The first docking attempt failed when the active spacecraft flew past Cosmos 188 at a distance of 900 meters after the system lost contact. The spacecraft set itself up for a second attempt, and achieved soft-dock. However, when hard-dock was attempted, an excessive lateral movement led to the directional steering of the active spacecraft torquing, and the detailed interface latches and connectors of the docking rings did not join. The spacecraft had hard docking but without full latching and electrical connections. There was also a significant over-expenditure of propellant in the docking process.

1968 07:25:00 GMT
USSR Soyuz 3 (call sign Argon) landed after almost 4 days in orbit in which cosmonaut Georgiy Beregovoy performed rendezvous maneuvers with Soyuz 2, but did not dock.

Soyuz 3, the second manned Soyuz flight, was launched on 26 October 1968 when the unmanned Soyuz 2 passed over the Soviet Space Station at 11.34 Moscow time, officially for complex testing of spaceship systems; development, in joint flight with Soyuz 2, of the processes of spaceship maneuvring and docking in artificial Earth satellite orbit; development of elements of celestial navigation; and conduct of research under space flight conditions. The spacecraft had a command module (the recoverable portion of the ship) and a work compartment, separated by an air lock. It was piloted by cosmonaut Lieutenant Colonel Georgiy Timofeyevich Beregovoi.

Soyuz 3 went into a co-orbit with Soyuz 2, performed a radio search for it, and accomplished an automatic approach to it until they were 200 meters apart. Repeated manual approaches toward Soyuz 2 were made, reducing the difference in velocity between the two spacecraft to less than 1 mph. Television coverage of the operations was provided by external cameras. However, actual docking was not accomplished. The failed docking was blamed on manual control of the Soyuz by Beregovoi, who repeatedly put the spacecraft in an orientation that nulled the automatic docking system. Beregovoi used nearly all of his orientation fuel in his first attempt to dock: Of 80 kg allocated, only 8 to 10 kg remained after the attempt. Telemetry analysis showed Soyuz 3 used 30 kg of propellant during 20 minutes of maneuvring in the automatic regime during docking, followed by 40 kg consumed in two minutes of manual maneuvring. Essentially, Beregovoi was trying to dock the spacecraft upside down. This was either due to incorrect configuration of the running lights, or cosmonaut error: Soyuz 2 had two continuously illuminated lights on its upper side and two blinking lights on the lower side. Evidently Beregovoi didn't identify these correctly in weightlessness.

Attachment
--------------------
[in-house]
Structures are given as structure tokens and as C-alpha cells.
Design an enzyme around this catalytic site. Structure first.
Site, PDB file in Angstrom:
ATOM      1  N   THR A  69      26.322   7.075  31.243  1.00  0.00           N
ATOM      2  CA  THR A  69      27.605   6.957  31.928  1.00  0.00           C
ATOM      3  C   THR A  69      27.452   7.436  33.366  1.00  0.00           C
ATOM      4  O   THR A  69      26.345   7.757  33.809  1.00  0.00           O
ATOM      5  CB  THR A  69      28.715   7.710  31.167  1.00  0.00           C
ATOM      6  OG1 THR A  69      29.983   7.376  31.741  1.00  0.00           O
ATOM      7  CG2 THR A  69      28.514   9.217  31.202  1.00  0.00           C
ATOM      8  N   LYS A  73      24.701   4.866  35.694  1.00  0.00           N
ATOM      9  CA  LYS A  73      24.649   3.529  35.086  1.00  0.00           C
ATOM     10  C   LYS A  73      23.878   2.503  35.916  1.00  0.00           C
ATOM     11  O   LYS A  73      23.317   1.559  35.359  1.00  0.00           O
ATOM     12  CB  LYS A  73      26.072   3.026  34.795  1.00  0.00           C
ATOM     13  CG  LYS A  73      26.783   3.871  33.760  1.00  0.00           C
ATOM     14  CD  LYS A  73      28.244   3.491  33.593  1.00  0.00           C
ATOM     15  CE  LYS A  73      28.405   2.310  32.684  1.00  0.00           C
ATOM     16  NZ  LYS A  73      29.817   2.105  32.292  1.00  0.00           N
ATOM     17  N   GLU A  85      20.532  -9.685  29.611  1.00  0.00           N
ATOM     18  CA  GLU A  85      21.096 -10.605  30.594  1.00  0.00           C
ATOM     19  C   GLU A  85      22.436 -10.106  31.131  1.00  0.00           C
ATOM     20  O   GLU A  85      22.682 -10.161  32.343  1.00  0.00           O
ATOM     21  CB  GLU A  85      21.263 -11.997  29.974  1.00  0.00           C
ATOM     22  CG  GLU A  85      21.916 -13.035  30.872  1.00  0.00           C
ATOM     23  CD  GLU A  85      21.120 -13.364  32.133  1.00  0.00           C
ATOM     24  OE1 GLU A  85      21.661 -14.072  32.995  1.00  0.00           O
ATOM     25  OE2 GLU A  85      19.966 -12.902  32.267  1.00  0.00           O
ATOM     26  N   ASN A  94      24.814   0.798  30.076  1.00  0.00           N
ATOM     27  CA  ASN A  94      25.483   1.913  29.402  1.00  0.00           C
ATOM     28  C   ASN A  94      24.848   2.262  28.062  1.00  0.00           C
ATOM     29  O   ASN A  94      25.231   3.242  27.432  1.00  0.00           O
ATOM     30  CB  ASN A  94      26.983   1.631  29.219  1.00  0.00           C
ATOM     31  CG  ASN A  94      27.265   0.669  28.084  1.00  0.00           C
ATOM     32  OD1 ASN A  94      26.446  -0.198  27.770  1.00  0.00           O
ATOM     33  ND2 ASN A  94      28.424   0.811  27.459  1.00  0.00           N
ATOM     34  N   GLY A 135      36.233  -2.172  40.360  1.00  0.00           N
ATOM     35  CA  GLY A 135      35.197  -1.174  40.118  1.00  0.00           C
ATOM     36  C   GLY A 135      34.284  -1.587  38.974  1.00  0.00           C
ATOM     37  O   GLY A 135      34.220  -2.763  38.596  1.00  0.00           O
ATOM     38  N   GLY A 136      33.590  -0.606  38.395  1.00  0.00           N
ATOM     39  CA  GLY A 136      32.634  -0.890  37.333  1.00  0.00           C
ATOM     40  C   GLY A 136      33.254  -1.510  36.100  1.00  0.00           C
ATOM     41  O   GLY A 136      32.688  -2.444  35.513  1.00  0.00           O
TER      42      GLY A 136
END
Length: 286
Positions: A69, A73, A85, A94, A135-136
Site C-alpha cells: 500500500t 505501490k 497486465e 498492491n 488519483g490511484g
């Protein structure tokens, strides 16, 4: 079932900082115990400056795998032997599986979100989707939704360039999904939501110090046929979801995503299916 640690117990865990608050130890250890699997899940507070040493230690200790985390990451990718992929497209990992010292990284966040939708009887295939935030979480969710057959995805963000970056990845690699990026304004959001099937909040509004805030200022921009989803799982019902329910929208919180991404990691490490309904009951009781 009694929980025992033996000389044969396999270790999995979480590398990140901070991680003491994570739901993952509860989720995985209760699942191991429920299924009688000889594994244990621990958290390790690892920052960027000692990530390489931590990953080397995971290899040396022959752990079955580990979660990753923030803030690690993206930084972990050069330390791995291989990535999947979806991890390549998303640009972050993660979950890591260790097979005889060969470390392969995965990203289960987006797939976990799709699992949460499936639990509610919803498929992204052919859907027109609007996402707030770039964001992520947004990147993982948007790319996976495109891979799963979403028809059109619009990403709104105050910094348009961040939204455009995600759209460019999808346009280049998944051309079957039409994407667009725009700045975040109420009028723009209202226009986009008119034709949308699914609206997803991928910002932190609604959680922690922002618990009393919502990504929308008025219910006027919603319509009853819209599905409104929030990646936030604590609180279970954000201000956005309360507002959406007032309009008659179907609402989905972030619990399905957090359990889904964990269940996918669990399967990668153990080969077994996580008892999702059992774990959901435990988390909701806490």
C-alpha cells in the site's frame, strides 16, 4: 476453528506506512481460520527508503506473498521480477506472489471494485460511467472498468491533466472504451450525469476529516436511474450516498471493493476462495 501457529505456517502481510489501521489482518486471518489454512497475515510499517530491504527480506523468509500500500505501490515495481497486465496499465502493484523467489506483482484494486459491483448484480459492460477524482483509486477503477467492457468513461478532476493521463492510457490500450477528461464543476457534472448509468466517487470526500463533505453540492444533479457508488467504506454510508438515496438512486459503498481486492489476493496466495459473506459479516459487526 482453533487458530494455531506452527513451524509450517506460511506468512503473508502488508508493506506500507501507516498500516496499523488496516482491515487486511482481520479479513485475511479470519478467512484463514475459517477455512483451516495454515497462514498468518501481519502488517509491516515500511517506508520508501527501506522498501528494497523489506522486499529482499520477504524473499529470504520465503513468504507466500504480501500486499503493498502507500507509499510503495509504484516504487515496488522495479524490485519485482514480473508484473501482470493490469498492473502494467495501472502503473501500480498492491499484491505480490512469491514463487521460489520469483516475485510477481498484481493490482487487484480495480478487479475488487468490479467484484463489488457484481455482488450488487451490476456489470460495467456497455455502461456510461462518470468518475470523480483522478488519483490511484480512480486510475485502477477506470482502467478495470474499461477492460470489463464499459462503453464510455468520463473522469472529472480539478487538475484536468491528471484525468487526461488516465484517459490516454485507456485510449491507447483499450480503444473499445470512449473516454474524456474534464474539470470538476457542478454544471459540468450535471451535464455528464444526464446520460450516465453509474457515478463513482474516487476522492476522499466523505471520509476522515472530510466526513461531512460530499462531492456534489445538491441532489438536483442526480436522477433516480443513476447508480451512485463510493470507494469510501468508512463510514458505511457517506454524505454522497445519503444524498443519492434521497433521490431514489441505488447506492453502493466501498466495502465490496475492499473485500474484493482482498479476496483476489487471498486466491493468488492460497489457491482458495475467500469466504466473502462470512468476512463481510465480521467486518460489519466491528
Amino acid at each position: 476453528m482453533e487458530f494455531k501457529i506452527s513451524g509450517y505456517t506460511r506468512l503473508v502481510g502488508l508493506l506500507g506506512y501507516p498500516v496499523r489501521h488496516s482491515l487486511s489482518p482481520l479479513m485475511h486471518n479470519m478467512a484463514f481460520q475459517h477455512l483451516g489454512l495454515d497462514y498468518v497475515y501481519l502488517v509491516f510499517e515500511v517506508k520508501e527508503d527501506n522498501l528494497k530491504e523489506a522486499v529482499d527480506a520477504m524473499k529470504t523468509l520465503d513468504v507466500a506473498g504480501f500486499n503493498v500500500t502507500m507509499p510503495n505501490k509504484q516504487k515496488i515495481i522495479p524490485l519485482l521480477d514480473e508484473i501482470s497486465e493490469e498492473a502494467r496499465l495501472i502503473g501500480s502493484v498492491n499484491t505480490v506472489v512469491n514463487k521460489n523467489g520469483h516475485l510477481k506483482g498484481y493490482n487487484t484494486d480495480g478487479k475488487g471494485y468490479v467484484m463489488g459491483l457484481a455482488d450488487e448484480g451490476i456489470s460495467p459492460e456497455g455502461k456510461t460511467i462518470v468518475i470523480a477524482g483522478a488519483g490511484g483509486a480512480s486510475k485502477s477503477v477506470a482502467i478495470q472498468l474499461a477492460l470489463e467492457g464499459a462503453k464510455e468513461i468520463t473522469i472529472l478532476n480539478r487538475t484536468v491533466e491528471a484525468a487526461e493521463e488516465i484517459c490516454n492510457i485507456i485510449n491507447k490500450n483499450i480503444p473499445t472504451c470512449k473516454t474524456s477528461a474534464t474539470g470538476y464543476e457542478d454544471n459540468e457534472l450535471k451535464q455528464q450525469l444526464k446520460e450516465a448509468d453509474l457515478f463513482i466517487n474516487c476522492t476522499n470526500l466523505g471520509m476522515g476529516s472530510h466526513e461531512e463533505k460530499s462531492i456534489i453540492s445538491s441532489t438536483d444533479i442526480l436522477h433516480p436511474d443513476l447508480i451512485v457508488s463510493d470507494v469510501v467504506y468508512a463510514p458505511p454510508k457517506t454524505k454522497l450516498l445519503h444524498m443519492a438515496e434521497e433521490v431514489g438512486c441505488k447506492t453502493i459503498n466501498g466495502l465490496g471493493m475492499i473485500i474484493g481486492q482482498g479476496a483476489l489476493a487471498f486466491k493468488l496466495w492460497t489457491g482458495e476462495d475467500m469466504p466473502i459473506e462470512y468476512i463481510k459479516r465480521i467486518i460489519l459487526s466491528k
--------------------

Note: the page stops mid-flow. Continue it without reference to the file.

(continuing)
Soyuz 2 landed on 28 October 1968, and Soyuz 3 continued its flight. During the flight, different modes of orientation were tested, regular TV reports were made from orbit, and scientific and technological experiments - including observing the stellar sky, the Earth, and celestial luminaries, photographing the cloud canopy and snow cover for resource studies, detecting typhoons and cyclones, and investigating biomedical phenomena - were performed. Beregovoi was instructed to conduct experiments with the 45K stellar sensor on: He was to disengage the 45K, orient the spacecraft to the Sun, then reengage the sensor and the automatic orientation system. This did two complete turns of the spacecraft searching for the star, but not acquiring it. To Kamanin this showed the uselessness of the system, and the wastage of propellant it caused.

An orbit correction was made during the 36th revolution.